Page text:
So last week, I realized that I am a mother.
Yeah, yeah, yeah. I know. I have a 2.5 year old so, of course, I’ve BEEN a mother for a while now.
But there’s something about having a sick child that makes that role more crystal clear than ever. My sweet K has had THE worst cold virus and sinus infection over the last week. Tending to her runny nose, rubbing vapor rub on her chest, letting her climb up in my bed and snuggle under my bosom, not getting mad when she sneezes directly in my face (Ew!), and crying tears of desperation as her fever climbed to 104.3—all of these things—showed me one thing: When it comes to my baby, nothing else matters.
No writing or editing deadlines matter (even when they do). No cancelation of classes I’m teaching matters (even when it does). I technically have no other place I “have” to be and nothing else I “need” to do but be with her.
I am mommy. She’s that valuable.
My hope is that one day she will understand that value deeply. And I don’t mean her value just as Tracey and William’s child. I mean her innate value as a woman loved by God. I mean, in spite of the myriad of negative images (both externally and self-perpetuated), her value as a woman of color. So since April is National Poetry Month and I began this writing thing as a poet, I want to share a poem in today’s post written specifically for all the brown mommies and baby girls in the world. Like to read it? Here it go…
I AM NOT/I AM
I am not the greatest.
Yet I am one of many whose collective greatness
has given birth to the genius of generations
and have been awarded by the Heavenly Father with the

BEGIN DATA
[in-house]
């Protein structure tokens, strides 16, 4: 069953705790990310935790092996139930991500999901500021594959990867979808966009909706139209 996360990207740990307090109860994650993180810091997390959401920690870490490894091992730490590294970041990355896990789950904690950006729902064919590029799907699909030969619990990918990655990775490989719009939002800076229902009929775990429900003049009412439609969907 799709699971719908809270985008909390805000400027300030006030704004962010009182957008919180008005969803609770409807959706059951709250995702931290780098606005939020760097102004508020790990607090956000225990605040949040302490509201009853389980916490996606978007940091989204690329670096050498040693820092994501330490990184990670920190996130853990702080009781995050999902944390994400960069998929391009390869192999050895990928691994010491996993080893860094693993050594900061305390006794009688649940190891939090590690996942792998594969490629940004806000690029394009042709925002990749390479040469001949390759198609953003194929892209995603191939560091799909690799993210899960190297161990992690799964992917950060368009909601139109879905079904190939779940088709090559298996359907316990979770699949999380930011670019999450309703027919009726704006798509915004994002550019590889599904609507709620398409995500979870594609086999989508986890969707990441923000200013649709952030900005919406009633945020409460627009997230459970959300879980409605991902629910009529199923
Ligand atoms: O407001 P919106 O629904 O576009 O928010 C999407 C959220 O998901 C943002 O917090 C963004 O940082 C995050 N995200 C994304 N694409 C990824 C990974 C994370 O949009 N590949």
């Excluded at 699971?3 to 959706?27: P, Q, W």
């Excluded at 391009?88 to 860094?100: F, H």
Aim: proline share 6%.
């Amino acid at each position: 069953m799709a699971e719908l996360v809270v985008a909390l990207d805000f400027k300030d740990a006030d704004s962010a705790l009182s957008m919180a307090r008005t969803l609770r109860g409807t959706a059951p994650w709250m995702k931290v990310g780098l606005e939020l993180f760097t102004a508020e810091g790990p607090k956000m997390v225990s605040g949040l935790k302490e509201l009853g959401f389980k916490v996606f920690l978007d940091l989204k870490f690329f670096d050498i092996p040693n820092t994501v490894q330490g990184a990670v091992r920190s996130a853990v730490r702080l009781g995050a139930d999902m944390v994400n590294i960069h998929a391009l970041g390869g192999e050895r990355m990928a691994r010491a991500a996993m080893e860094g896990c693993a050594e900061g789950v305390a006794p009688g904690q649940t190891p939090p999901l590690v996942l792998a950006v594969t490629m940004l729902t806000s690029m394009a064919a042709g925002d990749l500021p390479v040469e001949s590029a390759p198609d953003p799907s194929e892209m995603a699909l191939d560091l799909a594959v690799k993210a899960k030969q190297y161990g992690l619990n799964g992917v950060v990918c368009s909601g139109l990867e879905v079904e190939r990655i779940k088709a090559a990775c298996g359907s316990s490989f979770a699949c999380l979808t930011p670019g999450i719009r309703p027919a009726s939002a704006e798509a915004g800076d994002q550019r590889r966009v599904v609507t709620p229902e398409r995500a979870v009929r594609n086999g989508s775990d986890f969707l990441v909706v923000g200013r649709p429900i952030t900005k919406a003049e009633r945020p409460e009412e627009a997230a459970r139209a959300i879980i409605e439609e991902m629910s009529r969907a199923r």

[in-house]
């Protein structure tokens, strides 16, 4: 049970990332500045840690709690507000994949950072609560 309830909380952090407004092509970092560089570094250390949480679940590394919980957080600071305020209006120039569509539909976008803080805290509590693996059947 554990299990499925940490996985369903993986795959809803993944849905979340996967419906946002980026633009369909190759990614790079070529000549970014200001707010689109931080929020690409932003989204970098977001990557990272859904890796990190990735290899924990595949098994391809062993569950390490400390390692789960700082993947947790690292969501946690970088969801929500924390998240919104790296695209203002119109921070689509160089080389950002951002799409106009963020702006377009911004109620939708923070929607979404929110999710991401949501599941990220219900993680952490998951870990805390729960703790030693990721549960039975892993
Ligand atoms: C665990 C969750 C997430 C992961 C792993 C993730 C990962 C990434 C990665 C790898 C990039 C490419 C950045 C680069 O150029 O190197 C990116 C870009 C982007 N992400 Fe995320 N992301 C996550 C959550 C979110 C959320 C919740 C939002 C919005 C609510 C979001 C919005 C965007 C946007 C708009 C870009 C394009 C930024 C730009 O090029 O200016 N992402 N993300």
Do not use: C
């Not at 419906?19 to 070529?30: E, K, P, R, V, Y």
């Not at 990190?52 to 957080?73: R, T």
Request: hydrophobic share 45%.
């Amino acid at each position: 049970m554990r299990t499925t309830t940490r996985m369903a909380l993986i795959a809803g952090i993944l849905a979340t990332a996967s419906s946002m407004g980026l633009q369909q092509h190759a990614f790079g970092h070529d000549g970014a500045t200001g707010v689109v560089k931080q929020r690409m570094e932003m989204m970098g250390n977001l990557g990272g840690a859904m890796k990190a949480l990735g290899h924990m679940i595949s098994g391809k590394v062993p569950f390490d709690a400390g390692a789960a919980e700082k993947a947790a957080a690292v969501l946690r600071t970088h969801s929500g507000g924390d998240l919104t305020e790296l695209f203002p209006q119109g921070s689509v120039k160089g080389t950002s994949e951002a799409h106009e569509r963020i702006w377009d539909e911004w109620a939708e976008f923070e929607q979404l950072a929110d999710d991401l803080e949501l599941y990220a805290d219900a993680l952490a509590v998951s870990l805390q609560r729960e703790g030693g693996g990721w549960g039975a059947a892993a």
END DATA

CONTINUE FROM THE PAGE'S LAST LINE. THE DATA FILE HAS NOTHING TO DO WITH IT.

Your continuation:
most prestigious of honors:
I am not the prettiest.
Yet I know that I am one of many whose collective beauty
has been admired and replicated
and become the standard from which all others follow
Nor am I the smartest.
Yet I am sure that I am one of many whose collective intellect
has dumbfounded the highest of scholars.
My math has yet to be truly comprehended
and my literature makes for compelling conversation.
I am, quite intricately, a woman.
One whose spirit is defined and yet undefined.
A comfortable contradiction.
A collision of power and peace that
ponders the road less traveled
and still makes her own way.
Travel a minute on my path and your eyes
will open to the journey of us.
A road paved with misplaced inferiority and broken glass ceilings.
Impenetrable abuse and emotions held tightly but given freely.
Pay no mind though to the shoes I choose to wear on the journey.
Tennis shoes or run-over loafers
Low-heeled church pumps or six-inch stilettos.
Because no matter what, I remain a woman moving forward.
I have nurtured a sleeping humanity on the bosom of my might.
I’m a Woman.
In the 5th Ward of Houston
I’m a Woman.
On the South Side of Chicago
In South Africa
I’m a Woman
In Salvadore de Bahia
In London and Tokyo
I am a Woman
And in my grave, I’m still a woman.
Only then magnified by the light of the angels
and the sweet smile of my Creator.
So no, I’m not the strongest.
But I do know that I am one of many whose strength has
moved mountains on mustard seed faith.
Who have walked through valleys amidst the shadow of death
and rose again the next morning
to tell the story again.
Some say I’m not too much but
(Go ‘head and snap those fangas. Lol!)
This post is the latest in Tracey Michae’l Lewis-Giggetts’ “Faith & Motherhood” series.
Photo source: BeautifulBlackBabies.Tumbler.com
Tracey Michae'l is a writer and educator based out of the Philadelphia area. She is a wife to William and a mother to a beautiful two-year old little girl. You can find her on the web at www.traceymlewis.com.